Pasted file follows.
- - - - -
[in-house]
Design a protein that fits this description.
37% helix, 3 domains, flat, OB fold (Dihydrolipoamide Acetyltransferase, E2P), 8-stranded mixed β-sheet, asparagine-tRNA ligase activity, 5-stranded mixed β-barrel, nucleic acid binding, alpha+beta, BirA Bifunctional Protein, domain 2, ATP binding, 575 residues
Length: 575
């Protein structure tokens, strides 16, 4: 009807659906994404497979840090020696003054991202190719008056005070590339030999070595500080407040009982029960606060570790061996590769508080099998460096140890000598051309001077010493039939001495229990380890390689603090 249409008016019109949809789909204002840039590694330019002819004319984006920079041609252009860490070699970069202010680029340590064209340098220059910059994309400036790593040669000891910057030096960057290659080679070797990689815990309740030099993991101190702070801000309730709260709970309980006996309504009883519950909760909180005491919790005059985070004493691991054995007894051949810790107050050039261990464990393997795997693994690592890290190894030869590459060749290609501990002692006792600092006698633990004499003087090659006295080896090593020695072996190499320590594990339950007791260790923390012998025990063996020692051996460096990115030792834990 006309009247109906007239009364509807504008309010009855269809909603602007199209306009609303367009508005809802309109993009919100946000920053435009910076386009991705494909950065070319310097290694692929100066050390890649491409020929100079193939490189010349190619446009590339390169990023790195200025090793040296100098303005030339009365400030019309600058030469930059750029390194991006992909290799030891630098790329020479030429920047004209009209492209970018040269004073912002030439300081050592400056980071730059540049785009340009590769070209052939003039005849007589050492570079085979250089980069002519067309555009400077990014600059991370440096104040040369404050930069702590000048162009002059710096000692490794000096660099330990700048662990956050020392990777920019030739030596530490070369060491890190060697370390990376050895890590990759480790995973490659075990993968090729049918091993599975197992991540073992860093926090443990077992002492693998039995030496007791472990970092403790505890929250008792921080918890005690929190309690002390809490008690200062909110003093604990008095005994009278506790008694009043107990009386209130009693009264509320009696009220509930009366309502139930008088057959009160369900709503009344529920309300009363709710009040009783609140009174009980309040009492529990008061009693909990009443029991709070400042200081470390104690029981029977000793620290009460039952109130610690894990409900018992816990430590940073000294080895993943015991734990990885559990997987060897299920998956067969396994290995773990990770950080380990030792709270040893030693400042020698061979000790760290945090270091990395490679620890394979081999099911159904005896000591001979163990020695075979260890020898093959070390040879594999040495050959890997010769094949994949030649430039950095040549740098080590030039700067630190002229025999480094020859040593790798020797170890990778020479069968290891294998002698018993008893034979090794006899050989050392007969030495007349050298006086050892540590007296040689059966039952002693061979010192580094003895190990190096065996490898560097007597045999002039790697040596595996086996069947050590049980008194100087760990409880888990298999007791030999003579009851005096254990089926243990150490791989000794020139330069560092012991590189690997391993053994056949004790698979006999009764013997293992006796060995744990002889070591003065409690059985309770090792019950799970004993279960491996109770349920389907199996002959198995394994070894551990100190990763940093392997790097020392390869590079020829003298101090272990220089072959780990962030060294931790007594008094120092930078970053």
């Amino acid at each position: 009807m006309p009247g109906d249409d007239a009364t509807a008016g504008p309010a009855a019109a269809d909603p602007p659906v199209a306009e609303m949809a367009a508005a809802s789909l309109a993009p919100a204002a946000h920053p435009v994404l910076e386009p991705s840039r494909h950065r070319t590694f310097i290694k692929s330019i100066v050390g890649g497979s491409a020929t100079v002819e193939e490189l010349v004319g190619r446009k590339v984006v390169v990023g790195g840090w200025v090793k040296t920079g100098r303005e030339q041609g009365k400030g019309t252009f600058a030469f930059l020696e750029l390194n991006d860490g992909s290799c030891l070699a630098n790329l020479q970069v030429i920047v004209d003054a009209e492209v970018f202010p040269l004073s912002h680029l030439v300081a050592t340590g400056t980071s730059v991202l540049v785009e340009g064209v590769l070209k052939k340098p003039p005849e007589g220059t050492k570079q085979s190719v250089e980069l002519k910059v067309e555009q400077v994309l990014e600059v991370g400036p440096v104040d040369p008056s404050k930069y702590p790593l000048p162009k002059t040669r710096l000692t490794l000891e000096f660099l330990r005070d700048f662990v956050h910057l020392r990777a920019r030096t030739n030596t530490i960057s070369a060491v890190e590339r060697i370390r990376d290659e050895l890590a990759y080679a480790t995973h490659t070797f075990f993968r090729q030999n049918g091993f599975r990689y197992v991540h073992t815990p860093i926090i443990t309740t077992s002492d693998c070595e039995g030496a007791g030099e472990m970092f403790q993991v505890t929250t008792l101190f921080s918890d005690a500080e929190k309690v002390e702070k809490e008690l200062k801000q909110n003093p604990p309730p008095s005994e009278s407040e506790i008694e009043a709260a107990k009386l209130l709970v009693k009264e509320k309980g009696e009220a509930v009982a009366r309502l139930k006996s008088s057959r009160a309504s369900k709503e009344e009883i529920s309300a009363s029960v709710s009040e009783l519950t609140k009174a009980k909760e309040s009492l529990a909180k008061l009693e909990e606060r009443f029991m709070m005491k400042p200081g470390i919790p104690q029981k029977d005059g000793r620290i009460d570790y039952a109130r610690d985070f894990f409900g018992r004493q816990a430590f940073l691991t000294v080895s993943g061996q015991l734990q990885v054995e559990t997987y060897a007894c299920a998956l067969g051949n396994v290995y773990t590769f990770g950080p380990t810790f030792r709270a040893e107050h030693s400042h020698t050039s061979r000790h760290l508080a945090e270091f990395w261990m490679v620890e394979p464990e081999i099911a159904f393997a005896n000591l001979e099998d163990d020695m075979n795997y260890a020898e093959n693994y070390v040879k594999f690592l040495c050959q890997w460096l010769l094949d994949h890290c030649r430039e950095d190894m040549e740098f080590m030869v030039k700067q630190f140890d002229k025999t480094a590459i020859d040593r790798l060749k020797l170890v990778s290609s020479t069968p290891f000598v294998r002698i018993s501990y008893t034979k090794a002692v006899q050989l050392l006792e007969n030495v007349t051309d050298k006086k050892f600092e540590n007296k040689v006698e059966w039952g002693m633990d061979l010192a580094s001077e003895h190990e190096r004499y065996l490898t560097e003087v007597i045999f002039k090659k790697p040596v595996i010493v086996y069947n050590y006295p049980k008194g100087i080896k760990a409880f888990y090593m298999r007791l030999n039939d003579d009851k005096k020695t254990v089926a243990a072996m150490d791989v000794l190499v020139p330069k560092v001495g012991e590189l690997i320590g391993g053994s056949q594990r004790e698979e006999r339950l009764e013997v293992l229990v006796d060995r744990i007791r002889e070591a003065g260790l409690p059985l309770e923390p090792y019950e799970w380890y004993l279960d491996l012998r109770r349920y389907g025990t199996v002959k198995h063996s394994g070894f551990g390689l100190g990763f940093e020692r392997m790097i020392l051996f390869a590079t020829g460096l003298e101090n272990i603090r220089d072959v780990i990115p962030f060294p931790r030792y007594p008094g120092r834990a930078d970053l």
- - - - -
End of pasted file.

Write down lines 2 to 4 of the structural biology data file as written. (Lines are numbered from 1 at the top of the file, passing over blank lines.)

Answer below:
Design a protein that fits this description.
37% helix, 3 domains, flat, OB fold (Dihydrolipoamide Acetyltransferase, E2P), 8-stranded mixed β-sheet, asparagine-tRNA ligase activity, 5-stranded mixed β-barrel, nucleic acid binding, alpha+beta, BirA Bifunctional Protein, domain 2, ATP binding, 575 residues
Length: 575